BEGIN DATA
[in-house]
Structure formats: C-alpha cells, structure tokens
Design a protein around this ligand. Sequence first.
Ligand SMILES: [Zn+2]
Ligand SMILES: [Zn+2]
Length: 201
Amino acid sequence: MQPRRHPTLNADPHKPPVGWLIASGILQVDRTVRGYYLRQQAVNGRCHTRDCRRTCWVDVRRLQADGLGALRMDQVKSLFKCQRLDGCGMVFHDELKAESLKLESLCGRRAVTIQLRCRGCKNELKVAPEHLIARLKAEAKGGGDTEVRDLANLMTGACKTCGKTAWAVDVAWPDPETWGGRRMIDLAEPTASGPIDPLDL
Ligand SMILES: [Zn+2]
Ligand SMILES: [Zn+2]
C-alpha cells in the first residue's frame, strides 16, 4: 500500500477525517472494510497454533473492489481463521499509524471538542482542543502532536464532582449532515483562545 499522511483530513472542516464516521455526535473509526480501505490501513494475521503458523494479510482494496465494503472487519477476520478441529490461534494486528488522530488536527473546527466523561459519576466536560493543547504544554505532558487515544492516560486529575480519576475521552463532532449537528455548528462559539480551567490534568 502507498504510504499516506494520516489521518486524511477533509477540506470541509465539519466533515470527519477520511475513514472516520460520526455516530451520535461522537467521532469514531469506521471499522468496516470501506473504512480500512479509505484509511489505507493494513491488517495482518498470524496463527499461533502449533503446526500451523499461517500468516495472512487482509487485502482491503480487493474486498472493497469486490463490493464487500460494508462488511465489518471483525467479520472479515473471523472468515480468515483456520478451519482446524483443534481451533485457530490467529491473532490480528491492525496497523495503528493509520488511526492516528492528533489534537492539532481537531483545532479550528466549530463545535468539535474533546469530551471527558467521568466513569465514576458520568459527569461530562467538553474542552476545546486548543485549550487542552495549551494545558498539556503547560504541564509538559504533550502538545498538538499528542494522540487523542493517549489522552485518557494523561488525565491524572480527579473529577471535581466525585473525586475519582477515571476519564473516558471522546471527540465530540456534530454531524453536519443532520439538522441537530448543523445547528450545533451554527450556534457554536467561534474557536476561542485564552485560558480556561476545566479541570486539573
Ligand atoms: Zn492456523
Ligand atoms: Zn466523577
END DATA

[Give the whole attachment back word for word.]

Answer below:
[in-house]
Structure formats: C-alpha cells, structure tokens
Design a protein around this ligand. Sequence first.
Ligand SMILES: [Zn+2]
Ligand SMILES: [Zn+2]
Length: 201
Amino acid sequence: MQPRRHPTLNADPHKPPVGWLIASGILQVDRTVRGYYLRQQAVNGRCHTRDCRRTCWVDVRRLQADGLGALRMDQVKSLFKCQRLDGCGMVFHDELKAESLKLESLCGRRAVTIQLRCRGCKNELKVAPEHLIARLKAEAKGGGDTEVRDLANLMTGACKTCGKTAWAVDVAWPDPETWGGRRMIDLAEPTASGPIDPLDL
Ligand SMILES: [Zn+2]
Ligand SMILES: [Zn+2]
C-alpha cells in the first residue's frame, strides 16, 4: 500500500477525517472494510497454533473492489481463521499509524471538542482542543502532536464532582449532515483562545 499522511483530513472542516464516521455526535473509526480501505490501513494475521503458523494479510482494496465494503472487519477476520478441529490461534494486528488522530488536527473546527466523561459519576466536560493543547504544554505532558487515544492516560486529575480519576475521552463532532449537528455548528462559539480551567490534568 502507498504510504499516506494520516489521518486524511477533509477540506470541509465539519466533515470527519477520511475513514472516520460520526455516530451520535461522537467521532469514531469506521471499522468496516470501506473504512480500512479509505484509511489505507493494513491488517495482518498470524496463527499461533502449533503446526500451523499461517500468516495472512487482509487485502482491503480487493474486498472493497469486490463490493464487500460494508462488511465489518471483525467479520472479515473471523472468515480468515483456520478451519482446524483443534481451533485457530490467529491473532490480528491492525496497523495503528493509520488511526492516528492528533489534537492539532481537531483545532479550528466549530463545535468539535474533546469530551471527558467521568466513569465514576458520568459527569461530562467538553474542552476545546486548543485549550487542552495549551494545558498539556503547560504541564509538559504533550502538545498538538499528542494522540487523542493517549489522552485518557494523561488525565491524572480527579473529577471535581466525585473525586475519582477515571476519564473516558471522546471527540465530540456534530454531524453536519443532520439538522441537530448543523445547528450545533451554527450556534457554536467561534474557536476561542485564552485560558480556561476545566479541570486539573
Ligand atoms: Zn492456523
Ligand atoms: Zn466523577